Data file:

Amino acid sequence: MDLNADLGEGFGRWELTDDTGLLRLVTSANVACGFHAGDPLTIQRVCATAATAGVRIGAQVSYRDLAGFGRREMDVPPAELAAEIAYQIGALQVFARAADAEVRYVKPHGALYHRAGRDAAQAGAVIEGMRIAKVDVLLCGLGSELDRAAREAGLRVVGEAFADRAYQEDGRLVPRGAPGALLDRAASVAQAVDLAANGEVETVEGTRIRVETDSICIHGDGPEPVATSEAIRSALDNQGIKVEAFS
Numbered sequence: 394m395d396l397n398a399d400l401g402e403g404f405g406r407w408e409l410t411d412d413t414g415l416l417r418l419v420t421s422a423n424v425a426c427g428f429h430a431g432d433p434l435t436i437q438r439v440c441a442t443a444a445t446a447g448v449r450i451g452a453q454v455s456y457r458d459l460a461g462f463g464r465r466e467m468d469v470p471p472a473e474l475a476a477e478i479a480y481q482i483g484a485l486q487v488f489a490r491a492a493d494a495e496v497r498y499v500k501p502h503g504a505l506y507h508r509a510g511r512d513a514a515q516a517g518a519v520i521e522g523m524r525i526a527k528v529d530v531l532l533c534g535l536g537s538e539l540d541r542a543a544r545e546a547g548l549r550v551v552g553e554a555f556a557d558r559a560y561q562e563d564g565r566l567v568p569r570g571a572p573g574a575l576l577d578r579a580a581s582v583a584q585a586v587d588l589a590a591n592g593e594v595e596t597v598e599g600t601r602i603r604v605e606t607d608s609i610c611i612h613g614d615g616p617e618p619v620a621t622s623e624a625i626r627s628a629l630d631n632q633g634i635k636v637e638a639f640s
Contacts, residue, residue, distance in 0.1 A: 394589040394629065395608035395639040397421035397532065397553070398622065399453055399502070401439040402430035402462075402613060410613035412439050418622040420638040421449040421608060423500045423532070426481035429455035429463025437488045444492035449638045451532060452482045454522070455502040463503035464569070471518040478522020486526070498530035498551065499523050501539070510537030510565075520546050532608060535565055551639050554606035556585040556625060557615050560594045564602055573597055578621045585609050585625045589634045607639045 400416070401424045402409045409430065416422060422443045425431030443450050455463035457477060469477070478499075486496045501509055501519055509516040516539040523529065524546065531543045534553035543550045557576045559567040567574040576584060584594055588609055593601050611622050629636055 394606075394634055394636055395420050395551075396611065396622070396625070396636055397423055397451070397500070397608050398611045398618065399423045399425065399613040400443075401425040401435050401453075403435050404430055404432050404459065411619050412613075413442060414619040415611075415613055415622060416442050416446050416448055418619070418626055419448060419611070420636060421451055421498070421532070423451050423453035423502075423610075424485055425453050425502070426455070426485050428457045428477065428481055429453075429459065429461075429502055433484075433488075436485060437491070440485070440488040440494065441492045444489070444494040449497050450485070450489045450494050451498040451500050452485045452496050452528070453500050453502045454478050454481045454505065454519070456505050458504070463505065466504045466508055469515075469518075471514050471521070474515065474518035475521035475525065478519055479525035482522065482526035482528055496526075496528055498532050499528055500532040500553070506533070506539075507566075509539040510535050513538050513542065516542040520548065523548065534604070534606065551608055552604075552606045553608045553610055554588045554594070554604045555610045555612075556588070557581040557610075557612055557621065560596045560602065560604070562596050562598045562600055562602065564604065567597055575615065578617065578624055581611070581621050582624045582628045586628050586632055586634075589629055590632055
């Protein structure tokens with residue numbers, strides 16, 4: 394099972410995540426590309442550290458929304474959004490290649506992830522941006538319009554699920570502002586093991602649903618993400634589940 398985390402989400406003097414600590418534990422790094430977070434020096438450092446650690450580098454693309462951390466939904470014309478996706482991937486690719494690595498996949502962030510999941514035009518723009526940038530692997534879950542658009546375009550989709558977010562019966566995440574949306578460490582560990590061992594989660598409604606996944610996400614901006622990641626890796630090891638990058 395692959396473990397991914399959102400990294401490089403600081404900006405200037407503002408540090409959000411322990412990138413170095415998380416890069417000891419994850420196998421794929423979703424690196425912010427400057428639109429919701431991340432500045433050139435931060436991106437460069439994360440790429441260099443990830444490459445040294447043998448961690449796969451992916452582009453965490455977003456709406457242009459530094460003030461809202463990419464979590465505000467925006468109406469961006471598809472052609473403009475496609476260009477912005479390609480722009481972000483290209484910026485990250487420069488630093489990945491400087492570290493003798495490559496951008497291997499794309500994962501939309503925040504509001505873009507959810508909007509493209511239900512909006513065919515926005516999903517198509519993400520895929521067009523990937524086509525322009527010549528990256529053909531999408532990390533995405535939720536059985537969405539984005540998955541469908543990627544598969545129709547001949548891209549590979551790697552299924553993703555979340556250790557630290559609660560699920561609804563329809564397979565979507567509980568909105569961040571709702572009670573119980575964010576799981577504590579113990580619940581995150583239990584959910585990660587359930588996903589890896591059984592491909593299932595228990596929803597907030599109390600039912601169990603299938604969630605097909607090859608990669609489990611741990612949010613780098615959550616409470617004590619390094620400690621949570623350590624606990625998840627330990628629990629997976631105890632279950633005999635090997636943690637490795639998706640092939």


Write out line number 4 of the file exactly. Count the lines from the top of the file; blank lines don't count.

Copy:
């Protein structure tokens with residue numbers, strides 16, 4: 394099972410995540426590309442550290458929304474959004490290649506992830522941006538319009554699920570502002586093991602649903618993400634589940 398985390402989400406003097414600590418534990422790094430977070434020096438450092446650690450580098454693309462951390466939904470014309478996706482991937486690719494690595498996949502962030510999941514035009518723009526940038530692997534879950542658009546375009550989709558977010562019966566995440574949306578460490582560990590061992594989660598409604606996944610996400614901006622990641626890796630090891638990058 395692959396473990397991914399959102400990294401490089403600081404900006405200037407503002408540090409959000411322990412990138413170095415998380416890069417000891419994850420196998421794929423979703424690196425912010427400057428639109429919701431991340432500045433050139435931060436991106437460069439994360440790429441260099443990830444490459445040294447043998448961690449796969451992916452582009453965490455977003456709406457242009459530094460003030461809202463990419464979590465505000467925006468109406469961006471598809472052609473403009475496609476260009477912005479390609480722009481972000483290209484910026485990250487420069488630093489990945491400087492570290493003798495490559496951008497291997499794309500994962501939309503925040504509001505873009507959810508909007509493209511239900512909006513065919515926005516999903517198509519993400520895929521067009523990937524086509525322009527010549528990256529053909531999408532990390533995405535939720536059985537969405539984005540998955541469908543990627544598969545129709547001949548891209549590979551790697552299924553993703555979340556250790557630290559609660560699920561609804563329809564397979565979507567509980568909105569961040571709702572009670573119980575964010576799981577504590579113990580619940581995150583239990584959910585990660587359930588996903589890896591059984592491909593299932595228990596929803597907030599109390600039912601169990603299938604969630605097909607090859608990669609489990611741990612949010613780098615959550616409470617004590619390094620400690621949570623350590624606990625998840627330990628629990629997976631105890632279950633005999635090997636943690637490795639998706640092939």